The Norway Spruce is the major tree in the Black Forest of Germany. As the fastest growing spruce, it has seen over 6 ft of growth in one year, given perfect weather and very little competition. This spruce is not a tree for a small yard.
The White Pine was given the official title of Michigan State’s Tree on March 4, 1955. Also known as a soft pine, they were referred to the “Tree of Peace” by Iroquois and Ojibway, Zhingwaak. Most often planted for timber production, borders and wildlife habitat.
The Blue Spruce is also sometimes called the Colorado Blue Spruce. The Navajo and Keres Native Americans presented gifts of twigs to bring good fortune. The foliage has the ability to withstand temperature extremes. The tree forms a pyramid shape with branches growing horizontally to the ground. The botanical name pungens refers to the sharply pointed needles.
Eastern Red cedar is an evergreen tree that is often seen as a shrub. Eastern Red cedars grow in fields, on roadsides, and in woods as an understory tree. They are often pioneers, meaning one of the first trees to take over a field. The bark of these trees is reddish-brown, and peeling off in shreds. Eastern Red cedars have two types of flowers which bloom in the spring. Male flowers are yellowish-brown and female are light bluish-green. It is a tree of reddish wood giving off the scent of cedar chests.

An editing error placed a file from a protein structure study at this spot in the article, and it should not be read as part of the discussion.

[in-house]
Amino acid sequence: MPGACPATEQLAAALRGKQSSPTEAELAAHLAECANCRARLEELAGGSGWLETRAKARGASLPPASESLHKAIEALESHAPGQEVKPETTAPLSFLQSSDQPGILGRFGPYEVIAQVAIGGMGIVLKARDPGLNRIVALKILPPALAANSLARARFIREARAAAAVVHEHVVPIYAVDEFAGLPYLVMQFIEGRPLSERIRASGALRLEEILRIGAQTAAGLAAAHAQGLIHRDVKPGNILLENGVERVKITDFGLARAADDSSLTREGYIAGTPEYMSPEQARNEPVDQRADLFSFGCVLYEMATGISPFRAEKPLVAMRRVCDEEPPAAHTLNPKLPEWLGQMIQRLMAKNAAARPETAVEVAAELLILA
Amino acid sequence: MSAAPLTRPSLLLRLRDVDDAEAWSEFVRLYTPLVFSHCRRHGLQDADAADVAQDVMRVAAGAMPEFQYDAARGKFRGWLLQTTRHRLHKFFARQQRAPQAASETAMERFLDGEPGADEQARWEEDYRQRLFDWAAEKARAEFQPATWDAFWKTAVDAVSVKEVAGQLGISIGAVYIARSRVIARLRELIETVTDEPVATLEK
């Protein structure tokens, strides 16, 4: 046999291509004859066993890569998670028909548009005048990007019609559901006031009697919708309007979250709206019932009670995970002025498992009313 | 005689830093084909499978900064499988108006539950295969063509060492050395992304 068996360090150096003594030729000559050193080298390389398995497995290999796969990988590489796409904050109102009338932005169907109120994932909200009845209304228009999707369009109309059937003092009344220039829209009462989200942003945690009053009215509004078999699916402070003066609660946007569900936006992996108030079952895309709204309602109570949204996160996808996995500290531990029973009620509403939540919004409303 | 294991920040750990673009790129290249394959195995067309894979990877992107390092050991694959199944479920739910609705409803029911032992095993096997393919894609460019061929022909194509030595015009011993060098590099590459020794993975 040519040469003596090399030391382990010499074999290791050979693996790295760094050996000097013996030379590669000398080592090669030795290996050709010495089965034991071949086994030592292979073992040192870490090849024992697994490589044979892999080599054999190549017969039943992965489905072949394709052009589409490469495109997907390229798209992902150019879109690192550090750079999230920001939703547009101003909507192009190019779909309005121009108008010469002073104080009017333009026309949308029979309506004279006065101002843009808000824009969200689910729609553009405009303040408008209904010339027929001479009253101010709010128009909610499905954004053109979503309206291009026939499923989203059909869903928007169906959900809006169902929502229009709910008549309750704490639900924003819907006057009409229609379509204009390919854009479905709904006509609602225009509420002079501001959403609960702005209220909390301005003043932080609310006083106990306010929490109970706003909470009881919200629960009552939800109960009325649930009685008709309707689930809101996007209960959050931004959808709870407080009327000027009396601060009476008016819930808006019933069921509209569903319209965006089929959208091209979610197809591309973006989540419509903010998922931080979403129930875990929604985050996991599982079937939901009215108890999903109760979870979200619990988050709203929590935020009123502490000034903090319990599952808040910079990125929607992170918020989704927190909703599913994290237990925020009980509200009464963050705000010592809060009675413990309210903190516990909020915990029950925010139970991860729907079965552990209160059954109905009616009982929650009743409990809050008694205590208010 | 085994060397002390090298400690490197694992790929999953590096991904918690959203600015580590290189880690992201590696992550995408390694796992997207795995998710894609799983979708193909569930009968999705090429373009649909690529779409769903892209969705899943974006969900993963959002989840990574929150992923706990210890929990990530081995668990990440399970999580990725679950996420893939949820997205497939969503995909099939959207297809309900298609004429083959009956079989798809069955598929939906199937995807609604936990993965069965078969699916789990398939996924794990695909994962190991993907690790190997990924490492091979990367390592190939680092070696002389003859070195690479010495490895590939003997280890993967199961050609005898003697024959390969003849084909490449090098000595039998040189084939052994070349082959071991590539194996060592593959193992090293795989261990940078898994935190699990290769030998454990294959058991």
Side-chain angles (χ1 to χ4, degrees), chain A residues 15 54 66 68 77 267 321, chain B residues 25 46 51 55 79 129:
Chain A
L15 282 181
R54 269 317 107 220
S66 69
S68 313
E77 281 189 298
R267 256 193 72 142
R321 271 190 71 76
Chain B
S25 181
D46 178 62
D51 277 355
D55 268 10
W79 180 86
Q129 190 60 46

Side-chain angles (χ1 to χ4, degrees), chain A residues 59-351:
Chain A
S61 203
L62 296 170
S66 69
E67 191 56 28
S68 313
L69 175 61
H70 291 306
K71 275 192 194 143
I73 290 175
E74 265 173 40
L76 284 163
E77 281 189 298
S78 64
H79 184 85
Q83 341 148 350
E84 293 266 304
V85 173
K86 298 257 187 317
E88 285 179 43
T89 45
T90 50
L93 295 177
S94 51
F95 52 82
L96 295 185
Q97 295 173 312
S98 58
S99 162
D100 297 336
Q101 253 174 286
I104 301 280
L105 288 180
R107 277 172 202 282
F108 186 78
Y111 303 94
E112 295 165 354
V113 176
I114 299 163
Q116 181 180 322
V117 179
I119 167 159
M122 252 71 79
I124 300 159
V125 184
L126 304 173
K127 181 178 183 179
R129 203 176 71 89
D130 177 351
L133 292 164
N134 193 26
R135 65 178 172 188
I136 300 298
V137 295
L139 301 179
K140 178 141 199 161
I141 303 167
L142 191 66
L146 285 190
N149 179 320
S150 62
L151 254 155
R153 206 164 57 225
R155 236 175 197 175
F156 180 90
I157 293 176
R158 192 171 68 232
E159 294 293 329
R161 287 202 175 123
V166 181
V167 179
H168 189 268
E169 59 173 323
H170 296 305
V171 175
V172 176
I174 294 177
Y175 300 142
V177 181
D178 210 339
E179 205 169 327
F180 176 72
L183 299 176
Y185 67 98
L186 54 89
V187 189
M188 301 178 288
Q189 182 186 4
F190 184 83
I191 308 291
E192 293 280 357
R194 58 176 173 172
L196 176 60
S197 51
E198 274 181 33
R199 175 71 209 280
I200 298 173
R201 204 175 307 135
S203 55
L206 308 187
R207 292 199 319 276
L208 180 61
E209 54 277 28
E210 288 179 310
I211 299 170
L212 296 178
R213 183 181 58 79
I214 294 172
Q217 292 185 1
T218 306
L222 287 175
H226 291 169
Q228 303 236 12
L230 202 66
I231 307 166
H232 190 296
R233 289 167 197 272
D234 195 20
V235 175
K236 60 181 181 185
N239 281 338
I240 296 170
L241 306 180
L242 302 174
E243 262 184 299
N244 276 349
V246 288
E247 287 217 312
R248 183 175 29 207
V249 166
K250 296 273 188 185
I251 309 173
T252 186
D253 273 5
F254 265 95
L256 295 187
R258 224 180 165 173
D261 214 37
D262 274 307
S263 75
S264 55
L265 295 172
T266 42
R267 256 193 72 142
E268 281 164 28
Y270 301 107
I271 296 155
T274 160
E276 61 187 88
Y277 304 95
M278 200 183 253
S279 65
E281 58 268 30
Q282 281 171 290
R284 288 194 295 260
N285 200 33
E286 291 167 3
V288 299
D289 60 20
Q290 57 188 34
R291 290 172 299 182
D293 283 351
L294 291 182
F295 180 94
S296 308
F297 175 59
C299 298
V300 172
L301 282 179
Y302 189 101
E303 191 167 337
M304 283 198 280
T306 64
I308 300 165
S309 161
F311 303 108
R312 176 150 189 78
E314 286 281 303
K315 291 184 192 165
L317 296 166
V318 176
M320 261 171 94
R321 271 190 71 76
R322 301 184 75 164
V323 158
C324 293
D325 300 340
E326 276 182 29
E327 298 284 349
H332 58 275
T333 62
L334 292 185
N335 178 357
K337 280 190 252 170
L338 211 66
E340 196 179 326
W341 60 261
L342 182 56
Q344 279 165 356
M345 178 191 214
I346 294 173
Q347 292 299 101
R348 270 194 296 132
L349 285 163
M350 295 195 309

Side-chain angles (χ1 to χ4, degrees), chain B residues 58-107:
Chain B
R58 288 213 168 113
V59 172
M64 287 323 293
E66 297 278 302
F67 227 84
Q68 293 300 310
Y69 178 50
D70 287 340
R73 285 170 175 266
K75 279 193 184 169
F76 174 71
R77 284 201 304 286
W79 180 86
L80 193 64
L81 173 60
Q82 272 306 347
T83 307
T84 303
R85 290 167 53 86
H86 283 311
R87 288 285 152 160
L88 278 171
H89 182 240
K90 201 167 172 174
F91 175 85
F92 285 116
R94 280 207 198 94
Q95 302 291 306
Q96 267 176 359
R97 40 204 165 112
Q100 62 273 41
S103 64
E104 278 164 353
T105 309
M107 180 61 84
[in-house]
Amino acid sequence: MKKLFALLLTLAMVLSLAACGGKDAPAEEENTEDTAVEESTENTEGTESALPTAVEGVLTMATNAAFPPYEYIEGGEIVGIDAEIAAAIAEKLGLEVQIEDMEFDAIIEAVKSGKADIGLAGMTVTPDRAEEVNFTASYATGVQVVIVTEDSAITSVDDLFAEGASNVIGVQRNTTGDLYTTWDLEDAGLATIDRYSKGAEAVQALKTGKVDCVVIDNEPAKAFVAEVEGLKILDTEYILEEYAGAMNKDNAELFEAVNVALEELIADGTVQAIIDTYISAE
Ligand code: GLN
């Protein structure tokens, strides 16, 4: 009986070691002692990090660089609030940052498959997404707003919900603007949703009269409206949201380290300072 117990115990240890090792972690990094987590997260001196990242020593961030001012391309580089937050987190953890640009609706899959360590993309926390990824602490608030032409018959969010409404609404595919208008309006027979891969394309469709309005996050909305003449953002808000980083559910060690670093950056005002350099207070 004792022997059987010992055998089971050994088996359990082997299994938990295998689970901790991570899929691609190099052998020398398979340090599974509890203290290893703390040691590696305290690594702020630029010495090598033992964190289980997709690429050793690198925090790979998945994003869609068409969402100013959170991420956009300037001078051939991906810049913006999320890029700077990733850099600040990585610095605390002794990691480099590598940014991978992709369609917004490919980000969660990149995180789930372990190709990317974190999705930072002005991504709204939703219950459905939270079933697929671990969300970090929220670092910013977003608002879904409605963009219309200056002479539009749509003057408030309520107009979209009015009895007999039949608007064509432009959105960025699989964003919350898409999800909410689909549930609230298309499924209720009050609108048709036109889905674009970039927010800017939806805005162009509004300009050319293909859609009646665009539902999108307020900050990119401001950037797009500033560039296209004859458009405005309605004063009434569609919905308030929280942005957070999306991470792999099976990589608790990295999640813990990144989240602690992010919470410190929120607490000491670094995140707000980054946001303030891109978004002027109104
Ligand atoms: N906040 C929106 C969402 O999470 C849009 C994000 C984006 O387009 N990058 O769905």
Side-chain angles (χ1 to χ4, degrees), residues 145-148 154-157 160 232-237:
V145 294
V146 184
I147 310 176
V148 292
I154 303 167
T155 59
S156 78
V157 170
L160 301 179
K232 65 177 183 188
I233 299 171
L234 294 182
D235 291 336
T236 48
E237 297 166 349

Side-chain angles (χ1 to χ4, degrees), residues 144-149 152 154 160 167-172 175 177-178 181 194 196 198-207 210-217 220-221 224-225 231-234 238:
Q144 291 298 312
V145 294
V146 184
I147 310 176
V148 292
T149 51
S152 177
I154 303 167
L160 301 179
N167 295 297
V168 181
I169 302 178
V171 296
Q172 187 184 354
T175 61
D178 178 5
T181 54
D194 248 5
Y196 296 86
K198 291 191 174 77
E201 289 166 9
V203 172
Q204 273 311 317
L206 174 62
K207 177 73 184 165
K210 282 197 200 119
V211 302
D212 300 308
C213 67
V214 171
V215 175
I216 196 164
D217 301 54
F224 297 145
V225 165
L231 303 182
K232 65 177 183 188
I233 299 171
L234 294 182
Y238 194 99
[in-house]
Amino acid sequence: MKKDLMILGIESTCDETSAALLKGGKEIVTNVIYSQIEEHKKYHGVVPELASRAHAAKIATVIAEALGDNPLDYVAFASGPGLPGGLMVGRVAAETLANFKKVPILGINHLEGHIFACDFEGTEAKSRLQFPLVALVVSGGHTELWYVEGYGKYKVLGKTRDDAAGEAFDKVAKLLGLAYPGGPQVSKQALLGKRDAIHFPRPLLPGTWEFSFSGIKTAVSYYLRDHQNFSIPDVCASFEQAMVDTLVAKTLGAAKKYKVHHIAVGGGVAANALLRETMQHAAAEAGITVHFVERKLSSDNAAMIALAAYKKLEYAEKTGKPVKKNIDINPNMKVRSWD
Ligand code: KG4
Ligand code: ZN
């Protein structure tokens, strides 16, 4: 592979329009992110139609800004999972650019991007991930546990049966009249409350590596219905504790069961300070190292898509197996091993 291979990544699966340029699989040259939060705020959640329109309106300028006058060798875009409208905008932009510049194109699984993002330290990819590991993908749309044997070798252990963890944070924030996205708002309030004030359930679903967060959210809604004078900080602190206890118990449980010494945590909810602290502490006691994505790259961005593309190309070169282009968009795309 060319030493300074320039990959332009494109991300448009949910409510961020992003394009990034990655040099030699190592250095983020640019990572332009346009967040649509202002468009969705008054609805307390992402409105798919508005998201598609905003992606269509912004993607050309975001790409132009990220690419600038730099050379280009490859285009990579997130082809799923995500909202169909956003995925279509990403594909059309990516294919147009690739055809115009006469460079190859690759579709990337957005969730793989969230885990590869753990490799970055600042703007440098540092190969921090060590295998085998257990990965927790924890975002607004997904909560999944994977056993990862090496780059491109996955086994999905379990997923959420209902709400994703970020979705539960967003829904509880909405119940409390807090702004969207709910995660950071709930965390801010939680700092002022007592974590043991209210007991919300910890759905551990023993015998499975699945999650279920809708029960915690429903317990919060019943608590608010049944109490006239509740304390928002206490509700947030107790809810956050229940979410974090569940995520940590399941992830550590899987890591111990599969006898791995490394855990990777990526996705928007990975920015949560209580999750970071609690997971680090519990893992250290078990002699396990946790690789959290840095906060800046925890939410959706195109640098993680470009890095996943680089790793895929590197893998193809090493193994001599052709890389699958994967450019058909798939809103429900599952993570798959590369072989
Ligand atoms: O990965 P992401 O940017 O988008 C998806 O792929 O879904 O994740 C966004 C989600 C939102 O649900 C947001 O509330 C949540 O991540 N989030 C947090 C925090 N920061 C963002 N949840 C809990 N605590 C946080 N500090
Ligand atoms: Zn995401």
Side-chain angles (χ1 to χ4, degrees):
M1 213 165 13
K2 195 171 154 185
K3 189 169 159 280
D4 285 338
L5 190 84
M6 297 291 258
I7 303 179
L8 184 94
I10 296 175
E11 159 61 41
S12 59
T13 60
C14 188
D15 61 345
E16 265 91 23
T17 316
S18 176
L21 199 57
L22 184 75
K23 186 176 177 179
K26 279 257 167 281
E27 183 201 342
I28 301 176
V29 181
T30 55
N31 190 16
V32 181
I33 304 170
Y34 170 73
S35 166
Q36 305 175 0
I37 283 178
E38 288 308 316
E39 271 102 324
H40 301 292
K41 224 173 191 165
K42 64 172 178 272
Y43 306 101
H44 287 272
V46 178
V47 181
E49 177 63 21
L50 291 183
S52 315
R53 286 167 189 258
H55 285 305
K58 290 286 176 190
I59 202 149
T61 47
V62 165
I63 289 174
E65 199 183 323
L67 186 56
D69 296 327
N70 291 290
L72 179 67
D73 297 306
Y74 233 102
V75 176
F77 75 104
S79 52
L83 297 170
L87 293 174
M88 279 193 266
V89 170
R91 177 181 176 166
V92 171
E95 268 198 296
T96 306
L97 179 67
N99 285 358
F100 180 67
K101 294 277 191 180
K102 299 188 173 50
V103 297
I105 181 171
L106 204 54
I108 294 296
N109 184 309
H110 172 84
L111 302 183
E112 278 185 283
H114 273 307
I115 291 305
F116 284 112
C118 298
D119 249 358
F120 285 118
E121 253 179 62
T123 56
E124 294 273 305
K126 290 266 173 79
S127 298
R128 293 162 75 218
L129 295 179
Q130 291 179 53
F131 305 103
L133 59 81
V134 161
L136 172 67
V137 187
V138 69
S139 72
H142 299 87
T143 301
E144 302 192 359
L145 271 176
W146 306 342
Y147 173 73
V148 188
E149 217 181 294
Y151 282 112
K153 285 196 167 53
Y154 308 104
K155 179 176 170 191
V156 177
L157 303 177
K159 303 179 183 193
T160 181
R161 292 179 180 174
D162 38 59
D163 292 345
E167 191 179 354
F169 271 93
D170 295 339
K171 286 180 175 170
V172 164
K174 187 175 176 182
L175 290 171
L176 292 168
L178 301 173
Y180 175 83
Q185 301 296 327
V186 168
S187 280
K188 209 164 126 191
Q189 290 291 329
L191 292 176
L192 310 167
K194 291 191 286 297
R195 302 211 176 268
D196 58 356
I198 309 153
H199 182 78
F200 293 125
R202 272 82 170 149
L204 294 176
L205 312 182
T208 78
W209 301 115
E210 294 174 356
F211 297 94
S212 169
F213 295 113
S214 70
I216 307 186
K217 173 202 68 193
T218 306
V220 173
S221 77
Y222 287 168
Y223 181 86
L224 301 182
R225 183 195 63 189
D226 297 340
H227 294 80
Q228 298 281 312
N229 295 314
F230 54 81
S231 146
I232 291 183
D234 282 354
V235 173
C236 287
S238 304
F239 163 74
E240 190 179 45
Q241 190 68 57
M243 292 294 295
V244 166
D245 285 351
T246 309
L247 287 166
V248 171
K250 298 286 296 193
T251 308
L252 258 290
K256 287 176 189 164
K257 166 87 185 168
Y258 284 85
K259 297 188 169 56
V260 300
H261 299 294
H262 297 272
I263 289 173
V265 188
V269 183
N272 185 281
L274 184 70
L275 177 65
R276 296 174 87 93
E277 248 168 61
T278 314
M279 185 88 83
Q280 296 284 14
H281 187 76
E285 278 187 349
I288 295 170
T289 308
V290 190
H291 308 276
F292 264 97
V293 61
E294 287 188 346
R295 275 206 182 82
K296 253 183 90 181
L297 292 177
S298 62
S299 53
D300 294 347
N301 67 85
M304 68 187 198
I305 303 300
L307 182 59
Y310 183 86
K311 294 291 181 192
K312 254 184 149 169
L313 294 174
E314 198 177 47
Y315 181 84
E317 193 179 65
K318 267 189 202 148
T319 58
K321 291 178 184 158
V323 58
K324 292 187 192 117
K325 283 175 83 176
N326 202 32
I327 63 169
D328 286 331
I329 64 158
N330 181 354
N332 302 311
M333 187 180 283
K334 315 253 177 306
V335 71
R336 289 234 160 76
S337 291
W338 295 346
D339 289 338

The Fir was the first Christmas tree because its great height was thought to bring clear vision in the face of New Year. A broad, full shape, this tree will grow in all the U.S. except the deep south. The Douglas Fir is a very straight evergreen with upward growing branches that can become slightly droopy with age.
The Red Pine is also called the Norway Pine. The bark is reddish brown while the wood has a pale red pigment. The dark green needles are soft and flexible. When bent sharply they snap or break cleanly rather than just folding over as needles of other pines. They are unable to tolerate urban conditions or shading by other tree species.